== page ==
A surefire international hit: Lungs reviewed

2 November 2019

9:00 AM

2 November 2019

9:00 AM

No power on earth can stop Lungs from becoming an international hit. Duncan Macmillan’s slick two-handed comedy reunites Matt Smith and Claire Foy from The Crown. It’s short (90 mins), it has a minimalist set (‘arty’), and it makes no intellectual demands on the crowd (phew!). Best of all, it parrots all the ecological prejudices currently supported by today’s urban bourgeoisie.

Matt and Claire play a broody couple who fear that having a child will destroy the planet and kill billions of their fellow earthlings. Their voluble anxieties persist for 40 minutes and become a little tiresome for those blessed with long memories. Older play-goers, like me, know that every climate scare offered to us in the past 45 years has turned out to be bogus, including the notorious ‘reglaciation’ threat announced in Time magazine, 24 June, 1974: ‘Another Ice Age?’ But Matt and Claire are confident that the Earth is about to be consumed by toxic air, expiring forests and scorching temperatures, and that every inch of occupied land will soon be swamped by rising seas.

However, like most eco-activists, they consider themselves exempt from the sacrifices they want imposed on everyone else. ‘We’re good people,’ they say, meaning that they recycle, they monitor their carbon footprint and they watch subtitled films. They distinguish themselves from ‘thoughtless people’ (‘the lower orders’ as they were once called) who breed without a care for the planet’s future. Matt goes one further and suggests that giving birth should be licensed by the state, like the ownership of a car or a shotgun.

All these issues are articulated in amusing, quickfire dialogue which carries a strong element of self-parody. We’re invited to enjoy Matt’s authoritarian distaste for the poor without feeling that he genuinely believes his own rhetoric. Eventually the pair decide to copy the ‘thoughtless people’ they claim to despise. They will have a child. And sod the planet. But things go wrong and their lives are twisted out of shape in ways that make the script much more satisfying and complex in the second half.

Finally we fast-forward 50 years and revisit the couple in old age. Yes, old age. They survive. The world in 2069 is just as habitable as it is today, and all the global disasters currently under discussion have failed to materialise. This is the show’s best moment. But the playwright is reluctant to accuse Extinction Rebellion of peddling manipulative falsehoods. That would harm the box office. And this play is, if nothing else, a superb commercial proposition.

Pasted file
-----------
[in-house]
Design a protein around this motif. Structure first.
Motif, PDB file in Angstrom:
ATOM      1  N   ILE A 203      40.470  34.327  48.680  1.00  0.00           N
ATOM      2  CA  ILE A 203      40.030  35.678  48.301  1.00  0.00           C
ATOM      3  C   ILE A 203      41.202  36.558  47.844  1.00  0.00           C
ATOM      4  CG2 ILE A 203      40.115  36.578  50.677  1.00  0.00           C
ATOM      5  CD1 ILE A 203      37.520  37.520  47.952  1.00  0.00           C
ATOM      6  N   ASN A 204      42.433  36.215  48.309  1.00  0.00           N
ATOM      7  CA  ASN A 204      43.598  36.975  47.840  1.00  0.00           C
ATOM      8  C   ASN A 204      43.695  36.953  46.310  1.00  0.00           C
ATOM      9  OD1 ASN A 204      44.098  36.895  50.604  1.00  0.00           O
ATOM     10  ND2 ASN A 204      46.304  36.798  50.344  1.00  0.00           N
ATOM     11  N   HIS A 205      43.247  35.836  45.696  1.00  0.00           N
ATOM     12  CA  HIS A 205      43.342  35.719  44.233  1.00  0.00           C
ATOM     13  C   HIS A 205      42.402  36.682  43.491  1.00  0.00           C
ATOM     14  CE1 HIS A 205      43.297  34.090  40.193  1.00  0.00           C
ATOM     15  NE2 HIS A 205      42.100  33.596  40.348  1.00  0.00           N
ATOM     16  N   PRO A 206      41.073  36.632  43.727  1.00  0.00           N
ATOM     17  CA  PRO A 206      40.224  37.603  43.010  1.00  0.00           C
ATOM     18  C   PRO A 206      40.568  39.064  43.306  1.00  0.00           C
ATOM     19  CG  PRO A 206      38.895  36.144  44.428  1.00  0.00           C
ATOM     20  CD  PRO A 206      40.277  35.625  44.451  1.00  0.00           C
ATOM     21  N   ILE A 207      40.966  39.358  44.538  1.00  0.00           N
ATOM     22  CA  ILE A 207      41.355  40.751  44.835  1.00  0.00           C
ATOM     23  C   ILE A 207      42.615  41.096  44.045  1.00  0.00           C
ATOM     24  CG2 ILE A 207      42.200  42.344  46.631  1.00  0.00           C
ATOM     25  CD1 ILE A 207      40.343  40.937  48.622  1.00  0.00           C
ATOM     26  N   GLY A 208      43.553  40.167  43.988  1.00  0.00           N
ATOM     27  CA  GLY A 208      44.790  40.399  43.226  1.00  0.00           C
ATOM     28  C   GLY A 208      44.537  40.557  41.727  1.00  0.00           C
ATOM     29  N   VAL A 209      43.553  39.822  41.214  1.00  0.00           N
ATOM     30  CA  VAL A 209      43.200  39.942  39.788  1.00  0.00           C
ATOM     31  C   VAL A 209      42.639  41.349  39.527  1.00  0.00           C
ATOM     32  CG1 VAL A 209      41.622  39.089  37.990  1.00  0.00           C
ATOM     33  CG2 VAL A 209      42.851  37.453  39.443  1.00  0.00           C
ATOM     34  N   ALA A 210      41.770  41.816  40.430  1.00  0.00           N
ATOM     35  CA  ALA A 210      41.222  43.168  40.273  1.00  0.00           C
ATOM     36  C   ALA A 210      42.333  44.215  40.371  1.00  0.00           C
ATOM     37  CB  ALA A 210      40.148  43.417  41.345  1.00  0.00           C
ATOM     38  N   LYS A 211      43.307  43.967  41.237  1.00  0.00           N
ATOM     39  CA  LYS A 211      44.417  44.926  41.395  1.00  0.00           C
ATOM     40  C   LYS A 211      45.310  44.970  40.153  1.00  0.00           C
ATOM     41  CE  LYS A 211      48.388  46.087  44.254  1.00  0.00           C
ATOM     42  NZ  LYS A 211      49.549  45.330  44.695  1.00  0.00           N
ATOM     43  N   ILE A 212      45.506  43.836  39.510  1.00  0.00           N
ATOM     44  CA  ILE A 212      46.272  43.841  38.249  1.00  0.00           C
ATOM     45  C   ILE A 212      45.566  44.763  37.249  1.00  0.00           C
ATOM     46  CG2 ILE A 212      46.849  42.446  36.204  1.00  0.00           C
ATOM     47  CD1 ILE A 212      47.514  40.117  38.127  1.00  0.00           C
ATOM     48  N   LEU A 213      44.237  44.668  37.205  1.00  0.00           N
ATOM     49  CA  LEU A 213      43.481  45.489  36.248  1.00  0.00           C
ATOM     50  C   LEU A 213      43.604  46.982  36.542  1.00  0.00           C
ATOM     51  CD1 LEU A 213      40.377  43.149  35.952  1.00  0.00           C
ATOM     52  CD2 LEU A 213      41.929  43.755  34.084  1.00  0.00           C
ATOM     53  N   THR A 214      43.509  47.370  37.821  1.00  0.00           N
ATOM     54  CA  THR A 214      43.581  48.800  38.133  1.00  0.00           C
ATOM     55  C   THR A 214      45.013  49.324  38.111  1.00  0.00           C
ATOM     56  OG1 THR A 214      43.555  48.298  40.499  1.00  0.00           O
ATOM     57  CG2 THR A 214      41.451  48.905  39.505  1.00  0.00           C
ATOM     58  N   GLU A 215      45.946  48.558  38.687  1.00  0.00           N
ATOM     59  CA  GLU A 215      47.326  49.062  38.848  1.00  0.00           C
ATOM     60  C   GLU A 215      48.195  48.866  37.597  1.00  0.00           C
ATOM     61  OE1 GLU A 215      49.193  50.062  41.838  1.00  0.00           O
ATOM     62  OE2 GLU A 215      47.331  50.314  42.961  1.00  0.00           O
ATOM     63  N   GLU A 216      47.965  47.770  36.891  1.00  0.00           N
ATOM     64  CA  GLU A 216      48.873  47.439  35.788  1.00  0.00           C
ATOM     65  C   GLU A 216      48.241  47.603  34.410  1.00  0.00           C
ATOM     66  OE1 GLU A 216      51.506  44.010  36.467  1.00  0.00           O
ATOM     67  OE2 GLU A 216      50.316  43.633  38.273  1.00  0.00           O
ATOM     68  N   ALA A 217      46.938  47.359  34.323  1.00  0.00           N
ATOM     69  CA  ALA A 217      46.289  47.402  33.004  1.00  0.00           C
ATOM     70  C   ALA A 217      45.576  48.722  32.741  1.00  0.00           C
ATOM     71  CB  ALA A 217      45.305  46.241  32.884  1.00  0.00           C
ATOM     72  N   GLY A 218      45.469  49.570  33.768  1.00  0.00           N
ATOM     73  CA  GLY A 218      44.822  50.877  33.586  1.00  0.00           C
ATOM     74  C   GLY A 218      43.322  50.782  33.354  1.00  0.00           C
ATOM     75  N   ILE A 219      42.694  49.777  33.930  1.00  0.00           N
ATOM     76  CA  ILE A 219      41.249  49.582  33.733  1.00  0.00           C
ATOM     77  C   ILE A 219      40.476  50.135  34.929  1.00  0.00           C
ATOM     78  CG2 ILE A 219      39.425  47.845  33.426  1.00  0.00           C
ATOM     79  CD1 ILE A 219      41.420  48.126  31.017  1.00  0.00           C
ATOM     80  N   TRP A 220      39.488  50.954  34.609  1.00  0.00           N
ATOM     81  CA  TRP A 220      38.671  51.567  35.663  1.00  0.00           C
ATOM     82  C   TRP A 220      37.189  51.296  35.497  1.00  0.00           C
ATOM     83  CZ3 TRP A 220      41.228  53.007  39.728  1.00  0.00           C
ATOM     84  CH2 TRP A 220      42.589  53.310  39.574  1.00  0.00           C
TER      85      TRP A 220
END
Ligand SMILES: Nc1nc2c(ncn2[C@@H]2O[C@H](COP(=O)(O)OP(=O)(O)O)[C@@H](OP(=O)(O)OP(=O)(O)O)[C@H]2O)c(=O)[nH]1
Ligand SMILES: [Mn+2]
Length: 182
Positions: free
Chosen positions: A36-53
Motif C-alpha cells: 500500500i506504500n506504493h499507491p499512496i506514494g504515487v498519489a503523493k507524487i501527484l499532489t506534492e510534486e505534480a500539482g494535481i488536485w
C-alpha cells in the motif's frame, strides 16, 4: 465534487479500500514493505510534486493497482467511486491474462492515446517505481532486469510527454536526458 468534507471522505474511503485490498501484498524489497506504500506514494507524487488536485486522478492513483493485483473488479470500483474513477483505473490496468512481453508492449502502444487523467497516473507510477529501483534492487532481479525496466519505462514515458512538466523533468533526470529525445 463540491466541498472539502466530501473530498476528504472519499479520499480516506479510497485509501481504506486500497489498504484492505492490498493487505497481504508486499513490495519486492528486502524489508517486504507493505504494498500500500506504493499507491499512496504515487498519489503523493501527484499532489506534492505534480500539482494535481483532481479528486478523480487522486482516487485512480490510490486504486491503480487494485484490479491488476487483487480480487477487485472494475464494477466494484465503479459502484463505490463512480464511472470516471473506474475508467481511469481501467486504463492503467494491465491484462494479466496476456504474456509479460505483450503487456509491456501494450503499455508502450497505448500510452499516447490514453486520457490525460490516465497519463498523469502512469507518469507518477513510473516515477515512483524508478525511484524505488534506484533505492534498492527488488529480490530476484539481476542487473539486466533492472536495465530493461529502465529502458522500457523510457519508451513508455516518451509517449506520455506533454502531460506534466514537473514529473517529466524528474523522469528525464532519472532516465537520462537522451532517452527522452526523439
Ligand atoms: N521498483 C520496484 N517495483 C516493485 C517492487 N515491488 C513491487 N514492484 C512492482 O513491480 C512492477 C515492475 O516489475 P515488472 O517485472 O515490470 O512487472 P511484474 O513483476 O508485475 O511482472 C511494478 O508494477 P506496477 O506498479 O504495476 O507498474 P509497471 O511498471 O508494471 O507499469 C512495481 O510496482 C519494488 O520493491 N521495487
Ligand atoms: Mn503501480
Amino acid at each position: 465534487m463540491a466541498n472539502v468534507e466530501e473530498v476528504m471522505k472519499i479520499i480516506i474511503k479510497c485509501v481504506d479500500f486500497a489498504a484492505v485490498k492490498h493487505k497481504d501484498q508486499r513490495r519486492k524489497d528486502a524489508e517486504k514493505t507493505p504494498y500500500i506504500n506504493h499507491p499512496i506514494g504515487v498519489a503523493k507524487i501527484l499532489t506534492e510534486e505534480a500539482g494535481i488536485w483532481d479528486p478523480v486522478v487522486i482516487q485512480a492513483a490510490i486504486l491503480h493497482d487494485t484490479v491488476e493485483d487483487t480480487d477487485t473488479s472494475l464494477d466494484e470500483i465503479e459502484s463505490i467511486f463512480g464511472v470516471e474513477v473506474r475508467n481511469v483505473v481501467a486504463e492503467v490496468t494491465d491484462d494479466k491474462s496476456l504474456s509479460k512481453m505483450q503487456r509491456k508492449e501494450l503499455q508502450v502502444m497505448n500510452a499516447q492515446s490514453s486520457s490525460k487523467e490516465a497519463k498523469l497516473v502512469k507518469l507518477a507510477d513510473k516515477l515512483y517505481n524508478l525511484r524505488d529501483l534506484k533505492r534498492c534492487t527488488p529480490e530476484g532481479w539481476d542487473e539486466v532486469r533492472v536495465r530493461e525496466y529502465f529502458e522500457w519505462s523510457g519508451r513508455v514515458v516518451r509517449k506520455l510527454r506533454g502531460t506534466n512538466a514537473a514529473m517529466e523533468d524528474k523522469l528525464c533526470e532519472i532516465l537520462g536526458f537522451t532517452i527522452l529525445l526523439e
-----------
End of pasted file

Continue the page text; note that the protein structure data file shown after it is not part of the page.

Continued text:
Here’s what happens next. Matt and Claire will accept oodles of cash to take the show to Broadway for three months. Once the sell-out run has finished, they’ll be replaced by two handsome new Brits — perhaps a Downton skivvy and a Poldark yokel — who will continue the show for a year or two. Meanwhile, spin-off productions will embark on parallel tours of North America, Australia, South Africa and so on. And a UK version will do the rounds of Britain’s market towns and provincial centres. And that’s where the minimalist set will come in handy. Touring is joyously cheap if the actors and the stage kit can be squeezed into a Transit van. The final masterstroke is the publicity. This will be spearheaded by the greatest Bond villain never to appear in a Bond move: Greta Thunberg. She works for free of course. The thing is an act of consummate genius.

Botticelli in the Fire, set in 15th-century Florence, presents us with Sandro Botticelli as a camp, preening bisexual ‘art star’. The script is chock full of grating anachronisms. ‘What time is it?’ says Lorenzo de’ Medici’s wife. ‘I need a shower.’ Botticelli has a boyfriend, young Leonardo, played by an Asian in a pair of spectacles. It soon becomes clear that these aren’t blunders but a deliberate attempt to fuse the Renaissance with modern life.

And it works, in a way, to turn the revered masters of the quattrocento into flesh-and-blood humans who swear and pout and boast and weep. Yet the emotional atmosphere owes much to the 1980s when gay men were a defiant minority threatened by persecution. And the soft-porn sex scenes feel a little tame and retro as well. Botticelli faces trouble from two directions. A homophobic hate-preacher, Savonarola, wants to torch gays on public bonfires. And his patron, Lorenzo de’ Medici, keeps dropping into the studio to chuck Dulux over his latest masterpiece. Neither of these malignant characters is anything more than a shouty thug. The finest performance comes from Sirine Saba who plays Lorenzo’s wife and delivers a wickedly funny cameo as Aphrodite whom she turns into a bored Slovenian stripper. I wonder if the Hampstead Theatre’s previous boss, Ed Hall, would have lavished the theatre’s vast resources on this gaudy, bawdy trifle. Probably not.

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